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What Does My Dream Mean?

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All dreams have something they can teach us and some dreams feel particularly potent with meaning and messages. It is tempting to run to the nearest book of dream symbols or to ask someone, "What does my dream mean?!"

There are recommended ways to do this and distracting, oversimplified ways to do this. Let's take a look, remembering that the language of dreams is in the realm of symbols and archetypes.

Symbols are objects or images that are containers for deeper meaning, while archetypes are symbols and truths that are universal to the human template (to use a Jungian influenced definition, Carl Jung being one of the godfathers of dream work).


Write down your dream. Speak it aloud in detail.

Note the different archetypes and symbols that show up in the dream and start to notice how they make you feel.

Note the qualities and memories you associate with the symbols and images.

Start with the ones that feel the most energy, whatever that energy may be.

You may free associate the first 10+ qualities you relate to an image, color or experience from the dream. Don't think or judge, just quickly write down what comes to mind.

If it feels appropriate, do some research to find out actual qualities of the symbol.

Look for these symbols in waking life; think of them as a part of you.

Not recommended:

Do not run to a book of dream symbols to "interpret" your dream. It might help share some archetypal qualities, but it can never give you easy answers. Dreams are personal.

For example, a whale might mean something entirely different to you than it does to another person. To stop at the generic level of what a book of dream symbols says could deprive you of the real message.

It would be better to actually research whales and see what you can learn about them that resonates with the emotions and themes of the dream.

The lessons and guidance from a dream are called to the surface from the bubbling brew of the unconscious through the process of working with them.


Find a dream group, someone you trust or a dream practitioner (this may be a coach, therapist, shaman or spiritual teacher who offers this practice/service).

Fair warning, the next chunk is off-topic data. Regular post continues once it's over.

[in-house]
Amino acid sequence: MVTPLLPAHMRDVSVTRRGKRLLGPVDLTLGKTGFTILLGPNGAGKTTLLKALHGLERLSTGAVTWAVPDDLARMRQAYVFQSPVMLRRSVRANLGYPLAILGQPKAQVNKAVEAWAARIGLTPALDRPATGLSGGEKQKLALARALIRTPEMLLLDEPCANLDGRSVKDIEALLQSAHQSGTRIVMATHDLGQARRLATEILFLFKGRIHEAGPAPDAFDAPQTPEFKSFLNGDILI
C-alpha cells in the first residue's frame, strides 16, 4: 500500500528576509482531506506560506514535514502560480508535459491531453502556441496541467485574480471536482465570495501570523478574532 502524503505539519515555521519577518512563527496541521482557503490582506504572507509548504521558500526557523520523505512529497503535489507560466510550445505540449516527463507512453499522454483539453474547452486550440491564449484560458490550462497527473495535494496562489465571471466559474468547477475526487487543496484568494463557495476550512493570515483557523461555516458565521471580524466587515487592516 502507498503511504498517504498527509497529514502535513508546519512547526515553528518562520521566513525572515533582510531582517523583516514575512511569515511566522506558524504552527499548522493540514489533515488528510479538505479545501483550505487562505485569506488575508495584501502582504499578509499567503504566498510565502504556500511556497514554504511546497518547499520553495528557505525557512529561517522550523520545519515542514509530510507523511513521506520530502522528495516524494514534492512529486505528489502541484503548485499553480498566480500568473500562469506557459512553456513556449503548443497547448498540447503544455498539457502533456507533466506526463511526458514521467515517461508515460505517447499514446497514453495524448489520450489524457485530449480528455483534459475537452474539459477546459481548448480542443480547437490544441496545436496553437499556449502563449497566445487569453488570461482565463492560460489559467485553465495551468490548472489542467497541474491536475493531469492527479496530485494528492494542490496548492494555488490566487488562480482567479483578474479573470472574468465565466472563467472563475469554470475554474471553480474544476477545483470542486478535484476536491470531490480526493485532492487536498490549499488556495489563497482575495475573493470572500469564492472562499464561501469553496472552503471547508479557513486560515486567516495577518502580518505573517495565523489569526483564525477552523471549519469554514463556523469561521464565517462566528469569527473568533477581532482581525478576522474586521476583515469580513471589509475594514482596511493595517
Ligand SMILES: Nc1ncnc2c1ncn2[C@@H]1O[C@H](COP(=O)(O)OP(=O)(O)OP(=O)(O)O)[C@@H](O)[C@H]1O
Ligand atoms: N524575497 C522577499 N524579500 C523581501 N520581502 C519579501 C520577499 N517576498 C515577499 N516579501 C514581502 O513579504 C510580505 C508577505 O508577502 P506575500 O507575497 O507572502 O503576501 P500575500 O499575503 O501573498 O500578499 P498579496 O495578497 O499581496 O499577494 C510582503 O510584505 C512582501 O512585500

Tell them your dream in detail and notice the language you choose and the emotions and themes that show up.

Expect them to ask you to clarify different pieces and ask questions to help you dig deeper.

Have them work with completing the sentence, "If it were my dream..." and notice what resonates or what feels completely wrong and do several rounds of this. (This can be particularly powerful in a group setting.)

Not Recommended:

Caution against asking someone what your dream means. This can invite them to project all over you and it's an impossible question because they can't really know.

We are not trying to guess here. Dreams have power, don't give that away.

Rather, you can share your dream with people you trust and they can ask questions and point things out from a different perspective, which can help you peel back the layers and feel into the dream.

Anyone can play the "if it were my dream" game, but it helps to have a facilitator in the group or someone more fluent in the language of dreams and the unconscious.

First reactions to dreams and things that seem obvious are often distractions from the deeper levels of meaning in the dream, especially as you are just getting started with a dream practice. Try to leave your ego out of this.


These are a few recommendations from my personal dream practice and the dream services that I offer to my clients. There are many things you can do by yourself as you get started, if that feels more comfortable and accessible. Like any practice, the more you work at it, the more it becomes intuitive, natural and powerful.

And remember, that when asking what your dreams mean, direct this question to the dream itself.